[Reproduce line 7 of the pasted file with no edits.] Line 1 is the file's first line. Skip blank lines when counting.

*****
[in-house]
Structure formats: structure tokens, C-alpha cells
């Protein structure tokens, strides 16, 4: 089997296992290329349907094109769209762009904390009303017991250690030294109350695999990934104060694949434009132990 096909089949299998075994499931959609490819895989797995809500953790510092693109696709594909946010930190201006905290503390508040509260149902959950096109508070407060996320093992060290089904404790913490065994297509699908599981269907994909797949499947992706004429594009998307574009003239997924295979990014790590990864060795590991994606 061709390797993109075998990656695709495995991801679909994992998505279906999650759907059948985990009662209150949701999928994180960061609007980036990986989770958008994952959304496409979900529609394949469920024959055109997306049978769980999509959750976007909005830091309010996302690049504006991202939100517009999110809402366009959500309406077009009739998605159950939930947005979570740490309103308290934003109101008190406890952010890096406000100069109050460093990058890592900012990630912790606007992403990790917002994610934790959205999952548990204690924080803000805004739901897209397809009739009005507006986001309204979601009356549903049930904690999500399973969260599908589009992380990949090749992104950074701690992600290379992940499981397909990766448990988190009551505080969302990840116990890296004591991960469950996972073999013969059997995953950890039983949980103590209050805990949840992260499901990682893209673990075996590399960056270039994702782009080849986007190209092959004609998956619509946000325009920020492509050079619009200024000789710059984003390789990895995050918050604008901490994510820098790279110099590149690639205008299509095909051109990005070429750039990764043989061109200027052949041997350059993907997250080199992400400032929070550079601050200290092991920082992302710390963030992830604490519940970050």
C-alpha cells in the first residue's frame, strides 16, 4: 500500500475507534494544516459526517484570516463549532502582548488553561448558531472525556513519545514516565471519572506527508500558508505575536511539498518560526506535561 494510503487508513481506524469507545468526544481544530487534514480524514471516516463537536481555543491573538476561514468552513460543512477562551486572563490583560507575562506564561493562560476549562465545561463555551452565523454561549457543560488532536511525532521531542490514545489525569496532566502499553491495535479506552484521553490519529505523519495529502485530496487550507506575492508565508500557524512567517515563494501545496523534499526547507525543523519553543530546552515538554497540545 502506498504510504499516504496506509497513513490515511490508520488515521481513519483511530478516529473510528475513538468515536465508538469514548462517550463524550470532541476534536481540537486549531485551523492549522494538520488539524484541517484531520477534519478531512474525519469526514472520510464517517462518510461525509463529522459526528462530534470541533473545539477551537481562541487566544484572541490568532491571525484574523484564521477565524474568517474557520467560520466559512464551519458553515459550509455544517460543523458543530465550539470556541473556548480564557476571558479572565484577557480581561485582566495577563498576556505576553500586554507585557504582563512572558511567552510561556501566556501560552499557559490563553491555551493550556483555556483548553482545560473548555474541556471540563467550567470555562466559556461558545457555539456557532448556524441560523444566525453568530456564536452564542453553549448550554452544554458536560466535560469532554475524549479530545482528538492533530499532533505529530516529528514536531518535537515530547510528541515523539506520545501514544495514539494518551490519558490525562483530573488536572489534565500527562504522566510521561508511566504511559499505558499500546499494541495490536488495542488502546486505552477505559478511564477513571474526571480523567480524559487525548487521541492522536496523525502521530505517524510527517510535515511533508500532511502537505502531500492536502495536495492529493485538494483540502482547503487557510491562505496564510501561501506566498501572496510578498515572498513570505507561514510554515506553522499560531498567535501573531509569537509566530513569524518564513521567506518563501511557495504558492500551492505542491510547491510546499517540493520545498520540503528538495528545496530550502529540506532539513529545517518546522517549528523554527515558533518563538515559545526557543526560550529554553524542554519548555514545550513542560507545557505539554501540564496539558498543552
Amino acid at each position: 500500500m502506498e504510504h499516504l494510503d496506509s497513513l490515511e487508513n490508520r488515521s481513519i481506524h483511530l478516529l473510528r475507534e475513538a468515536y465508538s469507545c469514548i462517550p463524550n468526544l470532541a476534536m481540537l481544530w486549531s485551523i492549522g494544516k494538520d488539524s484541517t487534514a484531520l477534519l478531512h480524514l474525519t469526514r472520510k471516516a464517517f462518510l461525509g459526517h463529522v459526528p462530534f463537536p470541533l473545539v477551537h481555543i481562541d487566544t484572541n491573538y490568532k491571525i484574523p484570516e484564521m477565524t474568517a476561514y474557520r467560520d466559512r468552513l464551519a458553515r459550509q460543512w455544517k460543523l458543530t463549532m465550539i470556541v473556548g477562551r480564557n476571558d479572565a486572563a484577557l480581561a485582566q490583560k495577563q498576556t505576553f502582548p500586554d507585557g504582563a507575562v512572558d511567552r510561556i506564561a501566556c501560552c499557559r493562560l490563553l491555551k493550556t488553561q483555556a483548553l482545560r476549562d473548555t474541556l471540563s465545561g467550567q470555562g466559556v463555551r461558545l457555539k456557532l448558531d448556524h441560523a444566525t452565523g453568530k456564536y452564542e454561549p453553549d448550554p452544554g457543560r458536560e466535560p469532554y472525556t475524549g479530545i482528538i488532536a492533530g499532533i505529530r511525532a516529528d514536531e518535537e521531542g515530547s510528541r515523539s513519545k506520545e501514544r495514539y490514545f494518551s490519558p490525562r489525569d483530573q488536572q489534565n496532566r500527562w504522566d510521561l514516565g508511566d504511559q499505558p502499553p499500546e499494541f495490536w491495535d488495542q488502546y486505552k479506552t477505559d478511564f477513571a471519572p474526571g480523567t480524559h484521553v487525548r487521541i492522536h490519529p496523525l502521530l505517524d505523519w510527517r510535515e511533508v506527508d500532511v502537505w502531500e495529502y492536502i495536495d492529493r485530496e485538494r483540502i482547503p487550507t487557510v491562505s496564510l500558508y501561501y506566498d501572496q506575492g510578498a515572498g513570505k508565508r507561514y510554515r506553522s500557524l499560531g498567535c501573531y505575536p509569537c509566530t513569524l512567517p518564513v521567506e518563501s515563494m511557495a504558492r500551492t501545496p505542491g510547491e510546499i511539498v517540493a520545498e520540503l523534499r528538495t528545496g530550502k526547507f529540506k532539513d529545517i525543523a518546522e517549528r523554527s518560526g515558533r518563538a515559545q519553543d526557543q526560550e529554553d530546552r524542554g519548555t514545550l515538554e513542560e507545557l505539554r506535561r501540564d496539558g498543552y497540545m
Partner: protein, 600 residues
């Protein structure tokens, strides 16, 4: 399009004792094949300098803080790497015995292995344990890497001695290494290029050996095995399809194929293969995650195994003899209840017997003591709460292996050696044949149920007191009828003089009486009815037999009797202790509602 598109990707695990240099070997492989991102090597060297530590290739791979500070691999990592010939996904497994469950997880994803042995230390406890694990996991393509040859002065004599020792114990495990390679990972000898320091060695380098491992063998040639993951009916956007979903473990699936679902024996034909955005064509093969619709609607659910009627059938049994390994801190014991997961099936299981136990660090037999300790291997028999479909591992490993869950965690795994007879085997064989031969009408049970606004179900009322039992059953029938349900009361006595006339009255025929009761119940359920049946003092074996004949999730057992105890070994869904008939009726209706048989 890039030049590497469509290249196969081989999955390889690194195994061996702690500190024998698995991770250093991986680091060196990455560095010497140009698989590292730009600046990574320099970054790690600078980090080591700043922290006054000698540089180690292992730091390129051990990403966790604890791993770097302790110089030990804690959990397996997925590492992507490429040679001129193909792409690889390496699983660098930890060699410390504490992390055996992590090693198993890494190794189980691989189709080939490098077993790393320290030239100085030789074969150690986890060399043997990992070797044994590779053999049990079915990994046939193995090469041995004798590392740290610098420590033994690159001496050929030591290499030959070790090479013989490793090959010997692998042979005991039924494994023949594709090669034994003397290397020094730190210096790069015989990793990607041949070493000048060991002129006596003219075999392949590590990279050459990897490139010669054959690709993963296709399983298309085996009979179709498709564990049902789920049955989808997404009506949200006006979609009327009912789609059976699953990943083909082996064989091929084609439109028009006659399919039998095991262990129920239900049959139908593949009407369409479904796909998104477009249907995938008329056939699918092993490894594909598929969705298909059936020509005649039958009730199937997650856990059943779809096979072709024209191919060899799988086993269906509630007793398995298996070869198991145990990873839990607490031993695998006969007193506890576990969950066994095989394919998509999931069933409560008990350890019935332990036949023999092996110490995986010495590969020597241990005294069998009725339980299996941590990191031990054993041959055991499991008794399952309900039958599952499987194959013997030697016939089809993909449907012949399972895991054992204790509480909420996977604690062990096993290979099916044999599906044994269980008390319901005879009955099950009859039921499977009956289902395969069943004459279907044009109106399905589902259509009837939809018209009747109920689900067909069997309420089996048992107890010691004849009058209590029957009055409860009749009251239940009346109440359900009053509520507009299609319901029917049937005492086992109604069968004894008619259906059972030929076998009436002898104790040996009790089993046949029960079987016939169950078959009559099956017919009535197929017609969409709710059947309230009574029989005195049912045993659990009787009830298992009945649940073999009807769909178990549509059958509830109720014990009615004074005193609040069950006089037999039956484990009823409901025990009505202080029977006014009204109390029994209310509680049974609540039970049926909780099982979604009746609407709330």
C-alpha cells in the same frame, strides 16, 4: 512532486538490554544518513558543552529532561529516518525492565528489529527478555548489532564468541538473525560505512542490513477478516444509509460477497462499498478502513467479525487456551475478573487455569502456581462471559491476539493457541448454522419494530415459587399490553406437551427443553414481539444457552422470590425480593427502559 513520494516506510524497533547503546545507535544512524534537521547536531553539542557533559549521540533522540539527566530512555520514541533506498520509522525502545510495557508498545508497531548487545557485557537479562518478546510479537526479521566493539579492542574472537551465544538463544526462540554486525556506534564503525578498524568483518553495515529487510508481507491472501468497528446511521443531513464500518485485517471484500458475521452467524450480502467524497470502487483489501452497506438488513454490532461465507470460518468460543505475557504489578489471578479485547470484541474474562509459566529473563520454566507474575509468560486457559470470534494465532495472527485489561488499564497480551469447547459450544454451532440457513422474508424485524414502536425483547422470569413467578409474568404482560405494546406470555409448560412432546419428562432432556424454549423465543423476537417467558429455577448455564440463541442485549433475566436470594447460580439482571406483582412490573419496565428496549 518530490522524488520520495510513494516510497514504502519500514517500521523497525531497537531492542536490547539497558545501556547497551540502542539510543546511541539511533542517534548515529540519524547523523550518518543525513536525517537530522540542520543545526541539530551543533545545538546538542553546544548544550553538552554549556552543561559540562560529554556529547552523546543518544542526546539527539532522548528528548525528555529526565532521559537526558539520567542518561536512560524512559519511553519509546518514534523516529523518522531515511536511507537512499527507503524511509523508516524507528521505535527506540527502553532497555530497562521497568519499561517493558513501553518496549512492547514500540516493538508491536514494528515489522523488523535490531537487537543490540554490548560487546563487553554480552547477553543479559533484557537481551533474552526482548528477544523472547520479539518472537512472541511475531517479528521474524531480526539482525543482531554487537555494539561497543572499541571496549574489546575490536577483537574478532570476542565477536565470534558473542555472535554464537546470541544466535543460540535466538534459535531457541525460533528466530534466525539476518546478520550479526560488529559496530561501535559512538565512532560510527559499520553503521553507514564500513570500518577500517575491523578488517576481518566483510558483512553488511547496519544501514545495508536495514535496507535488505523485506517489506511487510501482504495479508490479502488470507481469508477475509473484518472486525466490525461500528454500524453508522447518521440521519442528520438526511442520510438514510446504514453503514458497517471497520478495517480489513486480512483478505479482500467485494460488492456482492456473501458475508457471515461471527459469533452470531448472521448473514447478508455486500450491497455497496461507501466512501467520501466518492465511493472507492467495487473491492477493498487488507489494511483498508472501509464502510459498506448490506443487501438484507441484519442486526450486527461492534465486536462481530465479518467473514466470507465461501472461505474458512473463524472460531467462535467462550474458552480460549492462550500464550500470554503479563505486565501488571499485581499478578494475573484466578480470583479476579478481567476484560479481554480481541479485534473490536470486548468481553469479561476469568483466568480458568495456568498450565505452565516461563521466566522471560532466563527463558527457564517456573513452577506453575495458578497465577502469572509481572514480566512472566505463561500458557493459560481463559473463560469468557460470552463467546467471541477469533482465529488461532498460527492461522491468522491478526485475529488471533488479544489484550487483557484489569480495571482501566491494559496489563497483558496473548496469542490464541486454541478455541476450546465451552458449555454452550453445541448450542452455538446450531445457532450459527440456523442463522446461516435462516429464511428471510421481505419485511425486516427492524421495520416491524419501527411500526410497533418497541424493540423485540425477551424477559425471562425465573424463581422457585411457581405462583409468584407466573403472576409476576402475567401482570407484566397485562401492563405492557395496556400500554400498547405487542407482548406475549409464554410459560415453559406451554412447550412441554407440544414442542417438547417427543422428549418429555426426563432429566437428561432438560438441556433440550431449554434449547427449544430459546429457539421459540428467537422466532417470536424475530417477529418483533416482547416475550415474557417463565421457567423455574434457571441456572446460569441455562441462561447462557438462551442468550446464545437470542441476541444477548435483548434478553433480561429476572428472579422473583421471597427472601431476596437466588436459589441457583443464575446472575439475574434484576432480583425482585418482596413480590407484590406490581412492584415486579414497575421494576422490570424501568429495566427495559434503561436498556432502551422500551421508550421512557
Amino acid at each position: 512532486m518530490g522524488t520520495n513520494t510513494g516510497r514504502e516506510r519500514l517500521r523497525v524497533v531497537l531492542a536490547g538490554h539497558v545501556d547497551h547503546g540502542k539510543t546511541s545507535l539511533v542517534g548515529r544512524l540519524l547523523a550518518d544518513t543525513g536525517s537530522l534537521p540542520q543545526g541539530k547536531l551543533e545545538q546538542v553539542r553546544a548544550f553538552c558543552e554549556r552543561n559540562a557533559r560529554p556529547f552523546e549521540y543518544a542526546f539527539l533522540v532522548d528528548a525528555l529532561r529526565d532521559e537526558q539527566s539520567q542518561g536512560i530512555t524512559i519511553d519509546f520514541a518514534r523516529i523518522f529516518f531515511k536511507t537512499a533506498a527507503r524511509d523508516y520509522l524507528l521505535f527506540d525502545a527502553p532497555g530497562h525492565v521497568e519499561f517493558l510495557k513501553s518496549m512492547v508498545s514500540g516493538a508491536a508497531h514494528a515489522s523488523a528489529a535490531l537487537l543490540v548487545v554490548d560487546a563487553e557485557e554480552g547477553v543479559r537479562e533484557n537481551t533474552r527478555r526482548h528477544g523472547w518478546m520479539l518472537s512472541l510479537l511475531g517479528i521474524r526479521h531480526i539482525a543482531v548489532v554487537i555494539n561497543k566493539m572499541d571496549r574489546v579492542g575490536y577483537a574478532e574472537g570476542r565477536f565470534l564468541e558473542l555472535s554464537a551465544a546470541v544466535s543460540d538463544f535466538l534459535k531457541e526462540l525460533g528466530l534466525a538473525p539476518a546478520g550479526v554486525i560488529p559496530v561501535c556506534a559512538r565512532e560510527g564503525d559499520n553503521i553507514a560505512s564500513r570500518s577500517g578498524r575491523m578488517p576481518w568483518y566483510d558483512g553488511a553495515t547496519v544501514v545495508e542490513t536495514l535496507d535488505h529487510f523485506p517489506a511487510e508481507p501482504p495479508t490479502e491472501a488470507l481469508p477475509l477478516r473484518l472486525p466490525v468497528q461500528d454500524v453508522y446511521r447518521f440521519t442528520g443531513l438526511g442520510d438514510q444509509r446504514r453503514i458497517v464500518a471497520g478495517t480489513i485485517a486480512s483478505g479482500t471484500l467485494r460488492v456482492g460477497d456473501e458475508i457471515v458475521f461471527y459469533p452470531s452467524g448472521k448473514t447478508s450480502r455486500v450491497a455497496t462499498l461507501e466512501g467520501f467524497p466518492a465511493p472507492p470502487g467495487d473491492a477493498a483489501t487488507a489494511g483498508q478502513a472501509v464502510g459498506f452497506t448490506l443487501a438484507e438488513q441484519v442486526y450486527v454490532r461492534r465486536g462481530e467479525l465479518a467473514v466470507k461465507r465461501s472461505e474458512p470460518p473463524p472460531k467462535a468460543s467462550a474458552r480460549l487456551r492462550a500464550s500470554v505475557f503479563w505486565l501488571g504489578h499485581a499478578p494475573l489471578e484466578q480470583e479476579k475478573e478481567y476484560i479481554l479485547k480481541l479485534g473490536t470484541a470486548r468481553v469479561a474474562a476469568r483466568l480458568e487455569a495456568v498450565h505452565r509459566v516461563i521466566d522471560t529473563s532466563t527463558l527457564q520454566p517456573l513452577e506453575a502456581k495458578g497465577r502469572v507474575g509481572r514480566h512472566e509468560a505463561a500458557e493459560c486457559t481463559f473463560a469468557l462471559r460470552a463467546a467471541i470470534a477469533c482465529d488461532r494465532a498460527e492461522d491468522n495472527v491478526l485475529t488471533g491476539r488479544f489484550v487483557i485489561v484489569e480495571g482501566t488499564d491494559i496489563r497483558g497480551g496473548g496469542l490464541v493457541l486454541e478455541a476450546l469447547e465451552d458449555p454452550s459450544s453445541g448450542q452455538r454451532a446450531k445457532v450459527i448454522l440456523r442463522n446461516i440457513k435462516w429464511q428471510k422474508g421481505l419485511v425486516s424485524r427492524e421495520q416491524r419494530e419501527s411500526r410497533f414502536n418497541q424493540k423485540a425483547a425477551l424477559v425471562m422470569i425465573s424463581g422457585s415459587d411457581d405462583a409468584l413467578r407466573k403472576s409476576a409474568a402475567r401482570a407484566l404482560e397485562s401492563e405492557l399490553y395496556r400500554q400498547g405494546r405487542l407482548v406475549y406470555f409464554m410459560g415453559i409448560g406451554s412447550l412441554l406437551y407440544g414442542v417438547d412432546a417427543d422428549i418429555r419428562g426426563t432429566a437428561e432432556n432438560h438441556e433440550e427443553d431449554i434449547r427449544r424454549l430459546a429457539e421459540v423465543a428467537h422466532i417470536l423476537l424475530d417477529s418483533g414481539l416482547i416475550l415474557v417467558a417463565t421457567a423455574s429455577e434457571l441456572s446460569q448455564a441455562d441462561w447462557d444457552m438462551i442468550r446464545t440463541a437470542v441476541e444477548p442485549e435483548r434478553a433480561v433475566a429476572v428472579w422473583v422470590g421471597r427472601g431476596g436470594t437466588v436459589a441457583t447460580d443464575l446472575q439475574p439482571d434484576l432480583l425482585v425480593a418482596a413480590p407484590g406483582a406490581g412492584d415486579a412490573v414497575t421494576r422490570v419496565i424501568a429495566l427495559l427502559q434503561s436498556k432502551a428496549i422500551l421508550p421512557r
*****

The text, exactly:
């Protein structure tokens, strides 16, 4: 399009004792094949300098803080790497015995292995344990890497001695290494290029050996095995399809194929293969995650195994003899209840017997003591709460292996050696044949149920007191009828003089009486009815037999009797202790509602 598109990707695990240099070997492989991102090597060297530590290739791979500070691999990592010939996904497994469950997880994803042995230390406890694990996991393509040859002065004599020792114990495990390679990972000898320091060695380098491992063998040639993951009916956007979903473990699936679902024996034909955005064509093969619709609607659910009627059938049994390994801190014991997961099936299981136990660090037999300790291997028999479909591992490993869950965690795994007879085997064989031969009408049970606004179900009322039992059953029938349900009361006595006339009255025929009761119940359920049946003092074996004949999730057992105890070994869904008939009726209706048989 890039030049590497469509290249196969081989999955390889690194195994061996702690500190024998698995991770250093991986680091060196990455560095010497140009698989590292730009600046990574320099970054790690600078980090080591700043922290006054000698540089180690292992730091390129051990990403966790604890791993770097302790110089030990804690959990397996997925590492992507490429040679001129193909792409690889390496699983660098930890060699410390504490992390055996992590090693198993890494190794189980691989189709080939490098077993790393320290030239100085030789074969150690986890060399043997990992070797044994590779053999049990079915990994046939193995090469041995004798590392740290610098420590033994690159001496050929030591290499030959070790090479013989490793090959010997692998042979005991039924494994023949594709090669034994003397290397020094730190210096790069015989990793990607041949070493000048060991002129006596003219075999392949590590990279050459990897490139010669054959690709993963296709399983298309085996009979179709498709564990049902789920049955989808997404009506949200006006979609009327009912789609059976699953990943083909082996064989091929084609439109028009006659399919039998095991262990129920239900049959139908593949009407369409479904796909998104477009249907995938008329056939699918092993490894594909598929969705298909059936020509005649039958009730199937997650856990059943779809096979072709024209191919060899799988086993269906509630007793398995298996070869198991145990990873839990607490031993695998006969007193506890576990969950066994095989394919998509999931069933409560008990350890019935332990036949023999092996110490995986010495590969020597241990005294069998009725339980299996941590990191031990054993041959055991499991008794399952309900039958599952499987194959013997030697016939089809993909449907012949399972895991054992204790509480909420996977604690062990096993290979099916044999599906044994269980008390319901005879009955099950009859039921499977009956289902395969069943004459279907044009109106399905589902259509009837939809018209009747109920689900067909069997309420089996048992107890010691004849009058209590029957009055409860009749009251239940009346109440359900009053509520507009299609319901029917049937005492086992109604069968004894008619259906059972030929076998009436002898104790040996009790089993046949029960079987016939169950078959009559099956017919009535197929017609969409709710059947309230009574029989005195049912045993659990009787009830298992009945649940073999009807769909178990549509059958509830109720014990009615004074005193609040069950006089037999039956484990009823409901025990009505202080029977006014009204109390029994209310509680049974609540039970049926909780099982979604009746609407709330």